Others said the pass-through would not constitute an unethical use of public office for the private gain of another. They also concluded there would be no financial benefit to the local health department, although the program would benefit public health in the region.
Ultimately, the commission concluded that the pass-through would not violate state ethics law, but advised the health department to seek a separate legal opinion to determine if the arrangement violates any other state or federal laws.
• Approved draft legislation to be introduced next session. That includes proposed legislation to modernize West Virginia's Open Meetings Act.
Under the law, state agencies and other public bodies must publish notice of meetings at least five days prior to the meeting date.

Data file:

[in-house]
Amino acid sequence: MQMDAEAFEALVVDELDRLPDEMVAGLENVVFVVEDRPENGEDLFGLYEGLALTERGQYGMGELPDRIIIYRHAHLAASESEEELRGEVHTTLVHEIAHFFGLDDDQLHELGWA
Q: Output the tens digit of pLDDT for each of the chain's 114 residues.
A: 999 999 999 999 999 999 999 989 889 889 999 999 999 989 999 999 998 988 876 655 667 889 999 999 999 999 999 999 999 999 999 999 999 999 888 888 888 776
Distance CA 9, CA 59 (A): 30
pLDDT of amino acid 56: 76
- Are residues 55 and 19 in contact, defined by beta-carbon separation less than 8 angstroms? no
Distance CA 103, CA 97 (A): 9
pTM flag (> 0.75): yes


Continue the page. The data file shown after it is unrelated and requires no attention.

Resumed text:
The Secretary of State's Office maintains a meetings-notice page on its website that can be updated instantaneously, but the current law also requires that the meeting notice be published in the State Register, which is printed each Friday, but has a Wednesday publication deadline.
That means that, if an agency determines on a Thursday that it needs to hold a meeting the following Wednesday, it could comply with the five-day-notice requirement using the website.
However, under the existing requirement that the meeting notice also must be published in the State Register, that meeting would have to be postponed for a week.
Under the proposed change, publication on the secretary of state's website would be sufficient to comply with the public-notice requirement.
Reach Phil Kabler at ph...@wvgazette.com or 304-348-1220.